The Federal Communications Commissions released 1,200 MHz of spectrum across the 6 GHz band for unlicensed use yesterday. It’s a particular benefit for indoor network, which will be able to use the entire band. The decision puts some limits on unlicensed outdoor use, but even with restrictions it offers a valuable resource for increasing the capacity and sophistication of wide area wireless broadband networks.
The restrictions only allow outdoor use if it’s managed via an automated frequency coordination system, and then only in 850 MHz of the band. Indoors, the entire 1,200 MHz is available, but only for low power devices. Low power, in this case, generally means the power levels that WiFi routers, laptops, smartphones and other consumer devices currently use. So not much difference in that regard.
The FCC’s press release and commissioners’ comments characterised the decision as a massive expansion of indoor WiFi capacity, and it is that up to a point. But it also opens the door other technologies, such as high capacity wireless video – no more cables between your 4K television and broadband connection or cable/satellite box, for example. That’s assuming both devices are either in the same room or not separated by walls that are too thick or other obstacles, like refrigerators or washing machines.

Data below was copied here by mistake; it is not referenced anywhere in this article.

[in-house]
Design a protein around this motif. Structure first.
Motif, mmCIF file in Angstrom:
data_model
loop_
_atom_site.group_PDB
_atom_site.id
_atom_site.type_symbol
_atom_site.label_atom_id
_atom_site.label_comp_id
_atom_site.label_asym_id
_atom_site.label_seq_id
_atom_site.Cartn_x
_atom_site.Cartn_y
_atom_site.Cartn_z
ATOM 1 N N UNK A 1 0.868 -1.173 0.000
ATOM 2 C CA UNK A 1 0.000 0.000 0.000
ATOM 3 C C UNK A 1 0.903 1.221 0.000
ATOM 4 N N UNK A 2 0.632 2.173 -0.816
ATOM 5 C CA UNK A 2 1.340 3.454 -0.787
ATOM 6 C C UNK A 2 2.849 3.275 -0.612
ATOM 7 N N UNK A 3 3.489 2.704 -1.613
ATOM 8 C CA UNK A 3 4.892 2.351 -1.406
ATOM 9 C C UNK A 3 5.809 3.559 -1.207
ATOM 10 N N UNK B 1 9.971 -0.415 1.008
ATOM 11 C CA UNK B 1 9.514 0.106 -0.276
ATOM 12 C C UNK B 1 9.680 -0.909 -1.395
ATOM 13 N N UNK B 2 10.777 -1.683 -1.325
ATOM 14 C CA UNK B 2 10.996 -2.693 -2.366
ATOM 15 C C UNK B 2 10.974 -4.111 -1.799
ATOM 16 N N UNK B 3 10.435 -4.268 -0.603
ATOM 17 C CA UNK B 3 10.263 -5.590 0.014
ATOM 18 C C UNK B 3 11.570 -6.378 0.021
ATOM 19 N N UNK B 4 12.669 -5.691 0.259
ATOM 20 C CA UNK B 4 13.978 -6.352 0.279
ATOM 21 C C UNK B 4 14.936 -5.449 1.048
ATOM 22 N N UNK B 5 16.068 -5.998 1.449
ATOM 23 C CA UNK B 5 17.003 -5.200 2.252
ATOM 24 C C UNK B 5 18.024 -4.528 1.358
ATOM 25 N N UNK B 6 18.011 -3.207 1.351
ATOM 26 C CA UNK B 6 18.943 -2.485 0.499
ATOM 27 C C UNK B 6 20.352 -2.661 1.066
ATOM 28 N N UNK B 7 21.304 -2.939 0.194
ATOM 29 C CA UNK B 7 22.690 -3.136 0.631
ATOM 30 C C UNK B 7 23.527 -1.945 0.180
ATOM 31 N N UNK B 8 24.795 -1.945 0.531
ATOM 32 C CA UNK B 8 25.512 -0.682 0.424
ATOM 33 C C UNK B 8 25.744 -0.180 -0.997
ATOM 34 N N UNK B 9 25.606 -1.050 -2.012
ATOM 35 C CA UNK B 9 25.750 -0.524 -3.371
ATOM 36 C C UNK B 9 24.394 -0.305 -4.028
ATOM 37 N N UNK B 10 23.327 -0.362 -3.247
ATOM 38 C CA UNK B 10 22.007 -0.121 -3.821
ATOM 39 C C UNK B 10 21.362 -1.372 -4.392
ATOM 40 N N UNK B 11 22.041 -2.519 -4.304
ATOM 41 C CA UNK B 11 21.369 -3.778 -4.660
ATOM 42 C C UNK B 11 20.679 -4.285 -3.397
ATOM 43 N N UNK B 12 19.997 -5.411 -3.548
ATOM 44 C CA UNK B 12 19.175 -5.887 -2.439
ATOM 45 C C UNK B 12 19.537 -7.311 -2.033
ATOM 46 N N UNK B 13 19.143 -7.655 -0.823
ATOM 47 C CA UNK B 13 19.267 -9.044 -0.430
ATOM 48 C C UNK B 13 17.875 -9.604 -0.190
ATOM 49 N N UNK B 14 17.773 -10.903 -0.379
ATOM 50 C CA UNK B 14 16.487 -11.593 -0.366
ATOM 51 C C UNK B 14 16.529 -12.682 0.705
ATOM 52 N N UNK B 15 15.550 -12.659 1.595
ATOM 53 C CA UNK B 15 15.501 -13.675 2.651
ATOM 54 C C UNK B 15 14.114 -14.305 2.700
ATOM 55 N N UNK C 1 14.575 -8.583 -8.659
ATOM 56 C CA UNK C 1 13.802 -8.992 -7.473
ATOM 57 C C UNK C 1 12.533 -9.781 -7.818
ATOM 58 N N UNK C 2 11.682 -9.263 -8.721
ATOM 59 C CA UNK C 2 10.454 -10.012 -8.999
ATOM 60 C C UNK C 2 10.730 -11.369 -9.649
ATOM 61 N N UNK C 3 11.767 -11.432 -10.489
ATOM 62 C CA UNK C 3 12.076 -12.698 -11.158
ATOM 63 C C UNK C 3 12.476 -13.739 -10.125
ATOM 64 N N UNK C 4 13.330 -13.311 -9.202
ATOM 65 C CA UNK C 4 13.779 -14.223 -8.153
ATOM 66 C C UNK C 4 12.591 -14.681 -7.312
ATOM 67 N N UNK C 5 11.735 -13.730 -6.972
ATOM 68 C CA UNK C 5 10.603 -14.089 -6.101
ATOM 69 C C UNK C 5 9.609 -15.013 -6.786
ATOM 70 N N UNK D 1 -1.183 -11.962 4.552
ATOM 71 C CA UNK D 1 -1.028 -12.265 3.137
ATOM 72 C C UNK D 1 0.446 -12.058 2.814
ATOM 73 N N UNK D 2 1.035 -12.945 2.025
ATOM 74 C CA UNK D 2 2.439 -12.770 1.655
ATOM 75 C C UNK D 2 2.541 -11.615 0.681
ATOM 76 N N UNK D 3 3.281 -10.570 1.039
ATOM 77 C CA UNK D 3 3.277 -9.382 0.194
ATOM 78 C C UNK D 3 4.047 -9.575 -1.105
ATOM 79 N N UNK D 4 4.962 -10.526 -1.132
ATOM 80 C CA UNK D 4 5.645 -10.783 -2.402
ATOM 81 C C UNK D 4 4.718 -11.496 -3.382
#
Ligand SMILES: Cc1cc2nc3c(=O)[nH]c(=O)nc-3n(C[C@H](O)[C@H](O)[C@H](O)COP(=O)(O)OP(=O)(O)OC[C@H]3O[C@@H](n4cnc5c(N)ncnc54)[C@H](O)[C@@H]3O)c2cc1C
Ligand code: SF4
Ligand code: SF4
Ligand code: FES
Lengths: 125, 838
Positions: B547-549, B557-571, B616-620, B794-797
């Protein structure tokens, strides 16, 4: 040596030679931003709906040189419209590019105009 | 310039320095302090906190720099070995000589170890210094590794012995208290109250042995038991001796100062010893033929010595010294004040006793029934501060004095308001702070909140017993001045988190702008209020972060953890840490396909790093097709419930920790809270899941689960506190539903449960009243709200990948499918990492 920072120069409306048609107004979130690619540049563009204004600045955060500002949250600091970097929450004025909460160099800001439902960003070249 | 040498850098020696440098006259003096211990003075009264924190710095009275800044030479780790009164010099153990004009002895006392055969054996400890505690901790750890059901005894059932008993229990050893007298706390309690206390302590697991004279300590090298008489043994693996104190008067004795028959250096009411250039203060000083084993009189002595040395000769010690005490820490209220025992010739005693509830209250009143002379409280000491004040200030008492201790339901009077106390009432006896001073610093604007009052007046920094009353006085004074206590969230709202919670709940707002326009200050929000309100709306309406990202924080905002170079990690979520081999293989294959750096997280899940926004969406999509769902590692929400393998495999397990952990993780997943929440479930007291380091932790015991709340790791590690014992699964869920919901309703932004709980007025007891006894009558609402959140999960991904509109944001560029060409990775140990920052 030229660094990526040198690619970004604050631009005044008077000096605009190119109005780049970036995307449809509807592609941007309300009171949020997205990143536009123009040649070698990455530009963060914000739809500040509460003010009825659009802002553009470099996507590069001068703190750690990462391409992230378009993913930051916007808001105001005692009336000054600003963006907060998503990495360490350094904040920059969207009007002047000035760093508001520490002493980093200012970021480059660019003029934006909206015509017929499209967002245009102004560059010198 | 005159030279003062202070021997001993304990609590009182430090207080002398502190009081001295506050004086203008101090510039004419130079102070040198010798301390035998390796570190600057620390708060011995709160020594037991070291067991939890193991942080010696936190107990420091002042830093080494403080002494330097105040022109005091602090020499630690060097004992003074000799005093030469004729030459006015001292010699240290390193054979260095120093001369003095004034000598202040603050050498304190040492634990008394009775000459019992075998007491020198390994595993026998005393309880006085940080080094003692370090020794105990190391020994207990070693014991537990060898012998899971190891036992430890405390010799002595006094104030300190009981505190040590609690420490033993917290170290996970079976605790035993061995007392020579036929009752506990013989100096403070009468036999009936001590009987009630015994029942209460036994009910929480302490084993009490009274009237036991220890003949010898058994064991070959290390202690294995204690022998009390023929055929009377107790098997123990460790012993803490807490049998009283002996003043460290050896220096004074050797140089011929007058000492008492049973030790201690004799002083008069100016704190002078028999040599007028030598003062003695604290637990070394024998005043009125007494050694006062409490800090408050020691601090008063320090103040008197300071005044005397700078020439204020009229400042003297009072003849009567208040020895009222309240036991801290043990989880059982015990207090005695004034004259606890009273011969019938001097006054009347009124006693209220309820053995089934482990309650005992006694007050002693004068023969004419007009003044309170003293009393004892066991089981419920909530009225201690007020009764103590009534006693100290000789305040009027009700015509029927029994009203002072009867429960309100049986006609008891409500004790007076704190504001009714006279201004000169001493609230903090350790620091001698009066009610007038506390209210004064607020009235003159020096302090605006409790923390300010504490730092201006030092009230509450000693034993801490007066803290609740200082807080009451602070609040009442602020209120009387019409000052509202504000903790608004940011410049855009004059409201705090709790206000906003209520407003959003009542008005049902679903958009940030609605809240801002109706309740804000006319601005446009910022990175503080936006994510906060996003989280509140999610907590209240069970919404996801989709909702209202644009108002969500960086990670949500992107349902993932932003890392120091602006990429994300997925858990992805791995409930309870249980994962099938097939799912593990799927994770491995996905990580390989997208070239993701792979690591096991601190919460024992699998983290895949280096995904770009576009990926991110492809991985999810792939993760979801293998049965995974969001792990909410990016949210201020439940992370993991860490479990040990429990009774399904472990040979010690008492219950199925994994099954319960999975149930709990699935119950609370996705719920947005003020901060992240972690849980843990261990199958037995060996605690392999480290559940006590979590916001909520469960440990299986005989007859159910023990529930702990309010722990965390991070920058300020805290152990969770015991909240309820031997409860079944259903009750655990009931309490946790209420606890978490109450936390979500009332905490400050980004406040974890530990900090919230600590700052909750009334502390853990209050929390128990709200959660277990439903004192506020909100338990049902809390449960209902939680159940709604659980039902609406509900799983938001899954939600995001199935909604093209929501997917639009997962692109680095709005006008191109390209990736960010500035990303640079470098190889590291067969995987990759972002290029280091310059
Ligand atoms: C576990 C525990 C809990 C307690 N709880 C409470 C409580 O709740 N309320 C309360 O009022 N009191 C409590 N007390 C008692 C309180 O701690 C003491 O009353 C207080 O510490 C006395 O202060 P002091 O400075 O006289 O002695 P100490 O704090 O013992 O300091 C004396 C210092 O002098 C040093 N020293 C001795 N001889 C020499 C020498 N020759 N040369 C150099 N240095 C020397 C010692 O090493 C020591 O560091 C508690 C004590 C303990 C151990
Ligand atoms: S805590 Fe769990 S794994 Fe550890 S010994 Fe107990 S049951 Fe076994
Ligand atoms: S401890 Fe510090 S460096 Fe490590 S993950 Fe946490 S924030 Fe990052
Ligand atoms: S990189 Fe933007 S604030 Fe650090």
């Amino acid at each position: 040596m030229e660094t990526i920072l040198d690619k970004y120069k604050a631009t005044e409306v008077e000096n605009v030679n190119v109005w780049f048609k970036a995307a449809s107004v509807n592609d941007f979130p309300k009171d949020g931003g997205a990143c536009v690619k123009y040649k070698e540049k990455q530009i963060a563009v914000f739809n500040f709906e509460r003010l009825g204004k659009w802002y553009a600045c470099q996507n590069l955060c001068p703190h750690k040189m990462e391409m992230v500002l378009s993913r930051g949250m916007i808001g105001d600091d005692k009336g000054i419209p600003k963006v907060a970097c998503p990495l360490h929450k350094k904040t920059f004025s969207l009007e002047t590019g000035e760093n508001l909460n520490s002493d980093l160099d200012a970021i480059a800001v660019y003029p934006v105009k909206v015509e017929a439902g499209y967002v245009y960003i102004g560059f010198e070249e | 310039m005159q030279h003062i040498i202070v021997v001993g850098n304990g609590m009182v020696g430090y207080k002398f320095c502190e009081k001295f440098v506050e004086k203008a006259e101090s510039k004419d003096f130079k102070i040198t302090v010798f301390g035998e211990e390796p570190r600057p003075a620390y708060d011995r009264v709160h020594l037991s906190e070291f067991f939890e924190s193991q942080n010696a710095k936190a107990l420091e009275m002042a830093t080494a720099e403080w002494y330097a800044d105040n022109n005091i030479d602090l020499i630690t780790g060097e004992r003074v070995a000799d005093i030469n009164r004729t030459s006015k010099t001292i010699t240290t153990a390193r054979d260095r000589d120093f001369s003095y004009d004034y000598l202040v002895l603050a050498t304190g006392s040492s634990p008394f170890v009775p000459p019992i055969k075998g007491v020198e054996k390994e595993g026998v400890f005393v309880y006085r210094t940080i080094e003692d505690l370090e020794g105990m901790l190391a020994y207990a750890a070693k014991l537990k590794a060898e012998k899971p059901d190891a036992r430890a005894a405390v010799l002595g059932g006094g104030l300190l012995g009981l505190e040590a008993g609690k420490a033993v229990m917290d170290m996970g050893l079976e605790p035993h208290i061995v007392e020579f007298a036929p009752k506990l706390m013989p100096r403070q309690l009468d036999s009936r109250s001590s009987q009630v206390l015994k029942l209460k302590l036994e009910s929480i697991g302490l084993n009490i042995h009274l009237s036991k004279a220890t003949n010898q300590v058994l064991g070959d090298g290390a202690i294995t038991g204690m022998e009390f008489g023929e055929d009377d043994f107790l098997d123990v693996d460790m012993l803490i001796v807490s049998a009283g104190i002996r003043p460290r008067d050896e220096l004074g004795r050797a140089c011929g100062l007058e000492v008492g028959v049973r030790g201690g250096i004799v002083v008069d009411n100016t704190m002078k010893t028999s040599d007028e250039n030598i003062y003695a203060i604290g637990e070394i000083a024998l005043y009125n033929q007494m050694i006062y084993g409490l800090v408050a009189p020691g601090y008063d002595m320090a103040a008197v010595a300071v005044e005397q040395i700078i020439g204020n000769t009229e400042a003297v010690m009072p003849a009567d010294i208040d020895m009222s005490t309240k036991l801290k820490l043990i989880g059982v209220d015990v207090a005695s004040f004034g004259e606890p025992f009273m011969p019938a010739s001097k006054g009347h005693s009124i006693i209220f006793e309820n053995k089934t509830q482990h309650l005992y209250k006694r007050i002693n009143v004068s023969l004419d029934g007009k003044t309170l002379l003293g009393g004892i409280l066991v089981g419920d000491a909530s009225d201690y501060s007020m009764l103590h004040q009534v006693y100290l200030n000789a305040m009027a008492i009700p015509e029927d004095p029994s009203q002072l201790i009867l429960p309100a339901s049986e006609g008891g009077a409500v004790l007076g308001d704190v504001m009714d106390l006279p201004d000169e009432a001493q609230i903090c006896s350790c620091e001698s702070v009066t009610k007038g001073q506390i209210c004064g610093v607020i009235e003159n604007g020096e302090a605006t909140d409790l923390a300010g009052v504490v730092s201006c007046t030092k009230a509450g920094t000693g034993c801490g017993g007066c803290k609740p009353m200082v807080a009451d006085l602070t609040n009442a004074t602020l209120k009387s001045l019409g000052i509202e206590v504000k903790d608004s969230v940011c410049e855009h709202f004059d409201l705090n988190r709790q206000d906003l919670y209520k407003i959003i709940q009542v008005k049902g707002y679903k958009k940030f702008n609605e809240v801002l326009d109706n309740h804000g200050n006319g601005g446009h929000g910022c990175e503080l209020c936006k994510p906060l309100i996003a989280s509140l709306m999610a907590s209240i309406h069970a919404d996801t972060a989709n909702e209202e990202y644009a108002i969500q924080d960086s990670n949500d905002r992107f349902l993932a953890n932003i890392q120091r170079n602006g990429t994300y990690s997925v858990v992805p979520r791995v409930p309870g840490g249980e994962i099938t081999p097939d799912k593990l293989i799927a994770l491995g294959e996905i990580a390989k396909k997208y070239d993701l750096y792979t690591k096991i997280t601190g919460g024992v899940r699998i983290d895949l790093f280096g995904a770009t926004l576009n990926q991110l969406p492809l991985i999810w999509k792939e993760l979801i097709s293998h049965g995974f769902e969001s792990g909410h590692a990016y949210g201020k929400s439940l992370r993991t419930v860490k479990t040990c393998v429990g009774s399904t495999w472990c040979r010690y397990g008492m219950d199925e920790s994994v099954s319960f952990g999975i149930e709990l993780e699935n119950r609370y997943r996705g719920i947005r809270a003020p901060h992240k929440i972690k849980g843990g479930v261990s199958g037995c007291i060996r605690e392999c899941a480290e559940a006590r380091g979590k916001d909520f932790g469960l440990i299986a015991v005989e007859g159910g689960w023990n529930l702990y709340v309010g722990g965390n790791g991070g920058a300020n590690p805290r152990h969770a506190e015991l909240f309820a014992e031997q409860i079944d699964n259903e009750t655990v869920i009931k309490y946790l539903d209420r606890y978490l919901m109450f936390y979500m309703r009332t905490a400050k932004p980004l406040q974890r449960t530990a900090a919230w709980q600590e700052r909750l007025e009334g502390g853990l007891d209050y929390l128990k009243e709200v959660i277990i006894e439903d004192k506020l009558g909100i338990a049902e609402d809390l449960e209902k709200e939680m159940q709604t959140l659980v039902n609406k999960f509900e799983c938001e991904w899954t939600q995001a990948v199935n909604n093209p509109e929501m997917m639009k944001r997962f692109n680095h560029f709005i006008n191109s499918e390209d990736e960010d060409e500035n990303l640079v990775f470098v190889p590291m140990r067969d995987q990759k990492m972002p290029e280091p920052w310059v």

Which is the trade off. Similar to current 5 GHz WiFi connections, 6 GHz transmissions are easily blocked. There are advantages to that: low power indoor use gets a free pass because there’s not much chance of signals straying outside and interfering with users that have licenses for specific slices of that spectrum. Outdoor users will have to be more disciplined – they get to use higher powered unlicensed gear, but only on frequencies that won’t interfere with nearby licensed users.
But that opens up a lot of radio frequency bandwidth that can be used to expand broadband availability and capacity. It’s not a magic solution to everyone’s problems – outdoor use will also be limited in range for the same reasons as indoor coverage. But 6 GHz spectrum is another tool in the kit that can be combined with other unlicensed frequencies to build more robust and higher capacity networks.
The technical details of the decision haven’t been released yet, although it’s a fair bet that the final version tracks pretty well with the FCC’s first draft, which was published in 2018.